COLUMBIA — For nearly five years, the MU Police Department has strived to solve one of the grisliest and highest-profile murders in campus history. A local blogger now wants to give it a try.
Mike Martin announced this week on his blog, The Columbia Heart Beat, that he is launching his own investigation into the 2005 murder of MU professor Jeong Im.
Martin said he was inspired by a story he read recently in The New York Times about a blogger who helped with a murder investigation in Florida. In that case, the citizen journalist wrote about new evidence on his blog and renewed attention to the crime.
Martin thinks the Im case is due for that type of investigation, which he said would not only be of interest to readers but would also be of service to the community.
“This murder case stands out like nothing else,” Martin said. “It was very high-profile and attention-getting. That makes it very interesting but also very important to get it solved.”
The body of the 72-year-old microbiologist was found on the afternoon of Jan. 7, 2005, in the trunk of his car in the Maryland Avenue parking garage. Im had been stabbed multiple times in the chest, and the car had been set on fire.
The MU Police Department initially received assistance investigating the case from the Mid-Missouri Major Case Squad, a collection of officers from various law enforcement agencies. The squad completed its investigation in less than two weeks without identifying a suspect. The department also received assistance from Naval Criminal Investigative Service federal agents.
In October 2005, the MU Police Department released a photograph of the knife that investigators think was used to kill Im, as well as a description of a person of interest, who was described as a slender white man between 6-feet and 6-feet-2-inches tall.
Since then the case has become the longest unsolved homicide at MU. Capt. Brian Weimer of the MU Police Department said it’s still an active, open investigation.
“It’s on the minds of officers daily,” Weimer said. He added that the lead investigator is still working on the case and that MU is still offering a $25,000 reward for information leading to an arrest.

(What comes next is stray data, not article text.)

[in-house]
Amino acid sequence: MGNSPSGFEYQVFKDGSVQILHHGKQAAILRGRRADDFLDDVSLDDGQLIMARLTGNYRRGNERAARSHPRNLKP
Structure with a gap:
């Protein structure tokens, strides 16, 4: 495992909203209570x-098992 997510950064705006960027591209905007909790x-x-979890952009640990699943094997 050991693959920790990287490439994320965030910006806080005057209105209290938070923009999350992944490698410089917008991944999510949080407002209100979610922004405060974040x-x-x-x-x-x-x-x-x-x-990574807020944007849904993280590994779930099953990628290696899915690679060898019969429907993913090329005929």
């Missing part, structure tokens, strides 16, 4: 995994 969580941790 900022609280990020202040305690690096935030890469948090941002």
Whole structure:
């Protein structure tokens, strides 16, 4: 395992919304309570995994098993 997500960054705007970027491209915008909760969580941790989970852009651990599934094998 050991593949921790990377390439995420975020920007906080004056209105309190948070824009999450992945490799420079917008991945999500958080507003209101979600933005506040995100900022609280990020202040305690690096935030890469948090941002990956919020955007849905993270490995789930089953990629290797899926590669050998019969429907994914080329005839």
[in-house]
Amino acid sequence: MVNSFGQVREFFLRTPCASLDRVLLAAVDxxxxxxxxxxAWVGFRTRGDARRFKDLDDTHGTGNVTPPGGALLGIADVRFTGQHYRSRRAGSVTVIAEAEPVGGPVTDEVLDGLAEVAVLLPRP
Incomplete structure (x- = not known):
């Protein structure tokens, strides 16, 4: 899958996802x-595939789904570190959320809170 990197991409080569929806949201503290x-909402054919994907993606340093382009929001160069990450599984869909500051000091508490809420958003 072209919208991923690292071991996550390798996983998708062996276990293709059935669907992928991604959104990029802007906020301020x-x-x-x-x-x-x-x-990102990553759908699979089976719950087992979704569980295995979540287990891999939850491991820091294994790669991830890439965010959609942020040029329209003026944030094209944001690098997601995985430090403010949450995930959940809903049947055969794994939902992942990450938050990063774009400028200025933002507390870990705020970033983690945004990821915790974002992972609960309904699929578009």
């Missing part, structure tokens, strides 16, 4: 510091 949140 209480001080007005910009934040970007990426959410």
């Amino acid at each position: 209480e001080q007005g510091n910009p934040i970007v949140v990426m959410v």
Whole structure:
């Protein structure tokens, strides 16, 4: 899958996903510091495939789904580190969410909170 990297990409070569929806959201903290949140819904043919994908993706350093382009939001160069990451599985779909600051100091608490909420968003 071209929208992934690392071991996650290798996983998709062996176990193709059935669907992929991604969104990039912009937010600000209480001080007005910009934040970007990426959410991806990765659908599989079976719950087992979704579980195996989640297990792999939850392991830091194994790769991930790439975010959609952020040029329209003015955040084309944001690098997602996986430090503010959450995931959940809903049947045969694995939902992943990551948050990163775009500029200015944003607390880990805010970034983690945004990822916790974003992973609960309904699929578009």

As for Martin’s investigation, Weimer hadn’t heard about it and was hesitant to comment. “Hopefully they’ll share information with us if they get it to help out with the investigation,” he said.
Martin is critical of how local law enforcement has handled — and news media have reported on — the case. He said there were holes in the investigation and coverage of the crime that he intends to address.
Martin revealed few specific details about how he will approach the project. He envisions a long-term “forum investigation” in which people share information and use the power of the Internet to work collaboratively.
Operating outside what he sees as the constraints of traditional news media, Martin intends to engage readers and collect and catalog as much information as possible. He also thinks the investigation could be an opportunity to introduce a new donation feature on his blog, so that readers who value the content can contribute financially to its production.
Judging by the response Martin has received from the community, he thinks he might be on to something. The original blog post on the issue has received 66 responses and 680 views since Tuesday.
Some current and former members of the MU community said that though they hadn’t yet heard of Martin’s plans, they think any contribution to the investigation could be helpful.
Former MU professor Henry Liu, who has been critical of the handling of the investigation, said that many people have likely forgotten about the murder. He said he worries that it could become a “cold case.”
Similarly, Kim Wise, a professor emeritus of molecular microbiology and immunology and a former colleague of Im’s, said he’s disappointed that the case still hasn’t been solved.
Martin said he doesn’t want the Im homicide to be forgotten.
“An unsolved murder like this sends a message that criminals can get away with this,” he said. “I don’t like that. Why is that right?”